This is part of a continuing series of posts on therapy ideas to support assistants (SLPAs) and paraprofessionals in the schools in their work with students and their supervising SLPs.
Does it matter how we praise kids? Research from Dr. Carol Dweck and her team suggests that the words we use, and the actions we praise, change students’ mindsets towards work. This is critical to consider as we are asking kids to work on skills that we’ve identified as really hard for them.
Especially in the fall, getting to know students on our caseloads, we design activities for success and build lots of praise into our sessions. Dr. Dweck explains that praising kids for their intelligence (“Wow, great job. You must be really smart!”) makes them less likely to persevere when a task is hard. Alternatively, praising a child for their effort (“Wow, great job. You must have worked really hard!”) results in a willingness, and even desire, to work at harder tasks with the potential to learn more!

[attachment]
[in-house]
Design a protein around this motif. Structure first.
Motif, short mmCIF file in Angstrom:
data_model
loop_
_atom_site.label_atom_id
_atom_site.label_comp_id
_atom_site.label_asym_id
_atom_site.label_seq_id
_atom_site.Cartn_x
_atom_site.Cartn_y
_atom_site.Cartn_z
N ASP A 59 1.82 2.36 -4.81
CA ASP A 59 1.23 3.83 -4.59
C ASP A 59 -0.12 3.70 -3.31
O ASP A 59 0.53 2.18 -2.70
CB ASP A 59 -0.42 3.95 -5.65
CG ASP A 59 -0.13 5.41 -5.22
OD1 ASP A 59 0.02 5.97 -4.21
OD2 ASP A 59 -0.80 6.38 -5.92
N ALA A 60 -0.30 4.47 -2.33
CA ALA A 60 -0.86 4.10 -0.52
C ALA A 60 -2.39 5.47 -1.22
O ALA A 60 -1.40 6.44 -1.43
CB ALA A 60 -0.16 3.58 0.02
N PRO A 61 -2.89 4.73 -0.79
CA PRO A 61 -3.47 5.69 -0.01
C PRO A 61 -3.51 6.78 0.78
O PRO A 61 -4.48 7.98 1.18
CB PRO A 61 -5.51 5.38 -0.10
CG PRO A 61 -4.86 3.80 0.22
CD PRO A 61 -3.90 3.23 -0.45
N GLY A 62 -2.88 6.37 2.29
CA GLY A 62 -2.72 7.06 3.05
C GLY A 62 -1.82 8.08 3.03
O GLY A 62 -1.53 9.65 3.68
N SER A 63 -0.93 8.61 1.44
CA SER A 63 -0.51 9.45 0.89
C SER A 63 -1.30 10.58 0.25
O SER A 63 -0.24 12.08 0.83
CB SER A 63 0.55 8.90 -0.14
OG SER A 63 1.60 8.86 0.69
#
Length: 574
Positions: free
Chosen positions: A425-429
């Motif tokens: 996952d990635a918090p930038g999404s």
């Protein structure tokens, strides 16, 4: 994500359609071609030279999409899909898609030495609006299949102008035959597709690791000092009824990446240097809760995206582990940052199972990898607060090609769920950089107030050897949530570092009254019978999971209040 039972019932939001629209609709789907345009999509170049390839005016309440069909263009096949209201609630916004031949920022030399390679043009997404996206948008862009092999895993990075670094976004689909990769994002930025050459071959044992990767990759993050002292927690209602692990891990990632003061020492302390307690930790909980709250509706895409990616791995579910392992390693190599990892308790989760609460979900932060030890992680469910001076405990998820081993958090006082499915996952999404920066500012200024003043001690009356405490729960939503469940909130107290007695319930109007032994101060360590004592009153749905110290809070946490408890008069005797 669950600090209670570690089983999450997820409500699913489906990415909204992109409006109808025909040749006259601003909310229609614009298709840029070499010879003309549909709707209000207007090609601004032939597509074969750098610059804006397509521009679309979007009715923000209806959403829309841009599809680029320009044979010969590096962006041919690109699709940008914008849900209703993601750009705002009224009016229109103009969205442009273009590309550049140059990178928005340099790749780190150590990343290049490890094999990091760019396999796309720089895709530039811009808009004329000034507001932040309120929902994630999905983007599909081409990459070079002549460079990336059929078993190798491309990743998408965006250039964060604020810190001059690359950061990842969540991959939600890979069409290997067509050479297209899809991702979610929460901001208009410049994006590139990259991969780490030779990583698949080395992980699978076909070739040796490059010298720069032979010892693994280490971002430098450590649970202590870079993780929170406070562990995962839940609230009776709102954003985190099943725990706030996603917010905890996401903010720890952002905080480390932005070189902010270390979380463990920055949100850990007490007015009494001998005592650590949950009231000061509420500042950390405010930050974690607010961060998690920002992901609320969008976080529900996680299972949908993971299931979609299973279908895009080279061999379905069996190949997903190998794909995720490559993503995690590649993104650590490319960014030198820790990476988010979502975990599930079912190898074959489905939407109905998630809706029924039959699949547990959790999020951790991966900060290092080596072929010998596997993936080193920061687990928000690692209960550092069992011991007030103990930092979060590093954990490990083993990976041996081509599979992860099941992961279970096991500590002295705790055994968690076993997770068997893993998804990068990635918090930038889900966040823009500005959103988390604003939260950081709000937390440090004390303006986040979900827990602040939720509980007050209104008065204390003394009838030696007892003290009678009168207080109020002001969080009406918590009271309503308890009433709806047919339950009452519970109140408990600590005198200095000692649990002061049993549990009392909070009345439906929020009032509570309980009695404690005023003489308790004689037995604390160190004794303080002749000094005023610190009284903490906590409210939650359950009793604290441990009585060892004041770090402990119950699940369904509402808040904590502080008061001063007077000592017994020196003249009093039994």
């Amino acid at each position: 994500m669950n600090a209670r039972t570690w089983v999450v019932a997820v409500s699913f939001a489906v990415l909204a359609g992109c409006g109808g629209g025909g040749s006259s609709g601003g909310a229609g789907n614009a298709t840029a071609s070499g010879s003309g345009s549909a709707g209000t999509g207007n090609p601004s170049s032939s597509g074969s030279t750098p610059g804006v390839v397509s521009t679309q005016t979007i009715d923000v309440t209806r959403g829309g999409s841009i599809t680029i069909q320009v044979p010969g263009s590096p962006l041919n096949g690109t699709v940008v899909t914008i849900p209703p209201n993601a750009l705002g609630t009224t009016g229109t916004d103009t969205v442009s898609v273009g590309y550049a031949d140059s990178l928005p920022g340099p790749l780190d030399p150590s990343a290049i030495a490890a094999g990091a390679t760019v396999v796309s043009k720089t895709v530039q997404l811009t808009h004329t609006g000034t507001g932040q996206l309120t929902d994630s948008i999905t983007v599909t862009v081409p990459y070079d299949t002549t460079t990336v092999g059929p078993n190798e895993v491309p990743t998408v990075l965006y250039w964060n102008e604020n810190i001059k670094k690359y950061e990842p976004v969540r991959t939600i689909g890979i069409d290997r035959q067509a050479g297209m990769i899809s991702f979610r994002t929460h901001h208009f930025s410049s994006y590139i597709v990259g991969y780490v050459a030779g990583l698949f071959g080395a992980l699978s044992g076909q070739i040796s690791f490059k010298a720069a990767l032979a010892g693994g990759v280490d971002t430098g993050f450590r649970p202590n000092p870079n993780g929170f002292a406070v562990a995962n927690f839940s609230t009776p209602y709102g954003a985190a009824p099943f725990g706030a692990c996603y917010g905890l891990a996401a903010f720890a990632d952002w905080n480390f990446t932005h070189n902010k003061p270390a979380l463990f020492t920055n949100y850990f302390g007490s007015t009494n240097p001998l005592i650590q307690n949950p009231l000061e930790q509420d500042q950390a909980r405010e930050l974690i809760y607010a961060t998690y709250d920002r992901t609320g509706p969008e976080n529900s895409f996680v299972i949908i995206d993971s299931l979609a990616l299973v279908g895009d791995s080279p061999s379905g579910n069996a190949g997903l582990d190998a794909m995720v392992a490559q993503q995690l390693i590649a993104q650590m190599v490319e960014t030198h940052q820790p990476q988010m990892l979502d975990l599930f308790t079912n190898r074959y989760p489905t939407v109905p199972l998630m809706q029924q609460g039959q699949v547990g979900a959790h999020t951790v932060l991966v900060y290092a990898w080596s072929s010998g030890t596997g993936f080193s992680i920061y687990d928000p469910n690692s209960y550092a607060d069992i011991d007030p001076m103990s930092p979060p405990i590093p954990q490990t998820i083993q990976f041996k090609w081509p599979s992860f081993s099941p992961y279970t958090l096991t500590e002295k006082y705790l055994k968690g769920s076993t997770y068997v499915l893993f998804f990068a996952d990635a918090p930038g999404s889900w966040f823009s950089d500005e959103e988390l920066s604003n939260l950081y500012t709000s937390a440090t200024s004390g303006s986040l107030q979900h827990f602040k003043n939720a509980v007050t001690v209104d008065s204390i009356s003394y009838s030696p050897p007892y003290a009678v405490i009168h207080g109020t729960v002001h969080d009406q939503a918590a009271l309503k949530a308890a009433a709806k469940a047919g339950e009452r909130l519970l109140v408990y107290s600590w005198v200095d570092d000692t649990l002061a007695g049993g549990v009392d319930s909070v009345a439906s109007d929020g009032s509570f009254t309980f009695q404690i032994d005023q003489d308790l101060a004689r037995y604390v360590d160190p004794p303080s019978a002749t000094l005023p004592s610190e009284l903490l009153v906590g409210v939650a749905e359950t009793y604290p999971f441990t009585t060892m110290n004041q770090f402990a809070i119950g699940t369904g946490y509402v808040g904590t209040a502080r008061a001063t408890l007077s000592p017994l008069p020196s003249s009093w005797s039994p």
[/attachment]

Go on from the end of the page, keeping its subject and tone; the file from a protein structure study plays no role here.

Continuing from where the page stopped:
“Kids are exquisitely sensitive to what other people value, what they’re being judged on…”
This video shows some of the research that was done with 5th graders and explains the difference between a “fixed mindset” and a “growth mindset”.
SLPAs and paraprofessionals should always operate within the scope defined by state and national licensing organizations and should only conduct allowable tasks under the supervision of a speech-language pathologist.